The Narrowbanding Mandate Forces Retailers To Take A New Look At Communications
By Bob Johns, associate editor
As we near the FCC narrowbanding mandate of January 1, 2013, companies are struggling to convert their current 25kHz radios to 12.5kHz to allow for greater spectrum use. Combine this with advances in wireless local area networks (WLAN) that most retailers are incorporating into their stores, and we are seeing a migration to VoWLAN, voice over wireless area networks. Add this to the recent influx of tablets and other mobile devices onto the retail sales floor, and retailers need to make a choice in how many devices associates will carry, and how they will communicate. I recently got a chance to talk with Russ Knister, senior director of product development with Motorola Solutions, to discuss the advantages retailers can gain with VoWLAN and mobile devices.
Knister noted that "retailers have a unique opportunity to bridge technologies and devices as they upgrade and add systems." Many retailers have existing radios that they invested in years ago. Replacing all of these radios chain-wide could be cost prohibitive. Additionally, many retailers are beginning to incorporate rugged tablets into their inventory, POS, and workforce management systems in the store. Being able to communicate voice and data over a single network with radios, phones, radio-phone combinations, and mobile computer devices can save retailers money as they add newer technologies.
WLAN offers high bandwidth and can carry both voice and data to accommodate multiple device types. Companies that already have radios can bridge these devices into the WLAN without a large capital expenditure. Phones can utilize Voice over Internet Protocol, VOIP, over the WLAN and utilize push-to-talk technology to bring radio onto the same device. "Newer tablets and other rugged devices can add VOIP and push-to-talk technologies to create one device that associates and management alike can use for in-store communications, phone communications, inventory management, customer service, pos, workforce management, and nearly every other in-store application," Knister said. These devices can maintain all communications, voice and data, through the WLAN and access all of the cloud-based SaaS applications.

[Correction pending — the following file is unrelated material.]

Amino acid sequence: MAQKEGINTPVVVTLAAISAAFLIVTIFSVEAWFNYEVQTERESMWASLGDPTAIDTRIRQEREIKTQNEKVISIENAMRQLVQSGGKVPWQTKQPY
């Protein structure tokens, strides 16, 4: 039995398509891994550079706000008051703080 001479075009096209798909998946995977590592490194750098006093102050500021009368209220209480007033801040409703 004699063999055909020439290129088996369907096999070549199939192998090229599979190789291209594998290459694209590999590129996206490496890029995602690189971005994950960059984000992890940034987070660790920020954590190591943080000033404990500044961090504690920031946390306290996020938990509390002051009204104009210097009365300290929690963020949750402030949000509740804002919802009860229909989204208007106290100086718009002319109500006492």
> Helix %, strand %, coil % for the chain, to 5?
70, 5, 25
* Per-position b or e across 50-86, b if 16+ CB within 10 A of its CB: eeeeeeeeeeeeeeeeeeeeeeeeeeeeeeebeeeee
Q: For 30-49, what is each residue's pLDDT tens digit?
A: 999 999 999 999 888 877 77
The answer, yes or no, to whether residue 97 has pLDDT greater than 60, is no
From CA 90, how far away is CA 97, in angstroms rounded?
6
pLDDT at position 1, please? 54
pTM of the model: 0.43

As retailers are considering the multitude of communication and application devices hitting the market today, they must consider the possibility of using a single device for both communications and applications. The more pieces of equipment that associates have on their "utility belt," the more retailers risk lost or damaged devices. A single device can offer the ability to maintain communications with customers and associates and perform tasks without having to change devices or waste customers' time while associates go to get the appropriate device.
The new mandates will hopefully inspire retailers to look at their in-store and out-of-store communication capabilities as they also work to bring mobile devices into the stores. This will help to facilitate better customer service, increase productivity, and increase sales.
See how mobility is changing the in-store experience by checking this out!